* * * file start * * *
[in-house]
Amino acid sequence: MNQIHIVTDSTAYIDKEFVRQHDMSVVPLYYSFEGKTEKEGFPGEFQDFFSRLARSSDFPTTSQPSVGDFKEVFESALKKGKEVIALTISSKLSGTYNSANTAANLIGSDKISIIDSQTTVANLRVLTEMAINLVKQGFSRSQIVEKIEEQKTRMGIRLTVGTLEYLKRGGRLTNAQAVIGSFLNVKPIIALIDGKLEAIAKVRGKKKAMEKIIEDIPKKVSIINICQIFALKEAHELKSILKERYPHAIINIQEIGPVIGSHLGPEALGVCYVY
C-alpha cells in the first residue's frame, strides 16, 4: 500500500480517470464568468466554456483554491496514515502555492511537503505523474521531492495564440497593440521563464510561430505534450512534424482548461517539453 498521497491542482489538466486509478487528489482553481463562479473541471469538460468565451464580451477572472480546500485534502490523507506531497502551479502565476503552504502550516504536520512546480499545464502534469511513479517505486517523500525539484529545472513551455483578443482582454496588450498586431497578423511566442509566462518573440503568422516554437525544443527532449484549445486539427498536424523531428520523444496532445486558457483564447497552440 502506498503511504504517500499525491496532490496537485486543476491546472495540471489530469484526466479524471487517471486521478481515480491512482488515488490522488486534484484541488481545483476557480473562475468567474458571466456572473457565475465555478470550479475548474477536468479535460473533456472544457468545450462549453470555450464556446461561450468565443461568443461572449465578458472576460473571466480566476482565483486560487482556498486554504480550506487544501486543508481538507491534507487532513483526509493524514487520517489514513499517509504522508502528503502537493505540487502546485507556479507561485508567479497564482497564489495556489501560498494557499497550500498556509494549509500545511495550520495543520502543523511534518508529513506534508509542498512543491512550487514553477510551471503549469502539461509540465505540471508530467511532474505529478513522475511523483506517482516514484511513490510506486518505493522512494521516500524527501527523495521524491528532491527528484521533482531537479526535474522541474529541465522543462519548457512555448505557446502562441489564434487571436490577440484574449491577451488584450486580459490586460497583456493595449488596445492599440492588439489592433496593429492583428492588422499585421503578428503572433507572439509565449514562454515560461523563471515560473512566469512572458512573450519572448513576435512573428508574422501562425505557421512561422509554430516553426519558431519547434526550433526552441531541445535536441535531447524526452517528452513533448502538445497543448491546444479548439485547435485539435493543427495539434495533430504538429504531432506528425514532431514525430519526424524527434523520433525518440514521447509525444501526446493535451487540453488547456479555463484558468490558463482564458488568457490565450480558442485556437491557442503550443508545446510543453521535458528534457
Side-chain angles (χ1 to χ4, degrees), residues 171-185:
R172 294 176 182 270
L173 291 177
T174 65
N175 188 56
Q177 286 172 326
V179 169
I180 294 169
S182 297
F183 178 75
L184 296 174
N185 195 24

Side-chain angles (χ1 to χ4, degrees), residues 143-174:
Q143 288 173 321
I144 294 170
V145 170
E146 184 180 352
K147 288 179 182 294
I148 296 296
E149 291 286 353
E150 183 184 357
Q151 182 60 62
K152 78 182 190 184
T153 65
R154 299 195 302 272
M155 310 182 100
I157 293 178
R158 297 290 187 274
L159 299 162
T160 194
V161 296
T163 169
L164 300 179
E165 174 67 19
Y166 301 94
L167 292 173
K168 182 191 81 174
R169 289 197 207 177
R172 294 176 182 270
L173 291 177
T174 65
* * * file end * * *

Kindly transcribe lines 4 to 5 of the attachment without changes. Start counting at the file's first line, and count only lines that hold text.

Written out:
Side-chain angles (χ1 to χ4, degrees), residues 171-185:
R172 294 176 182 270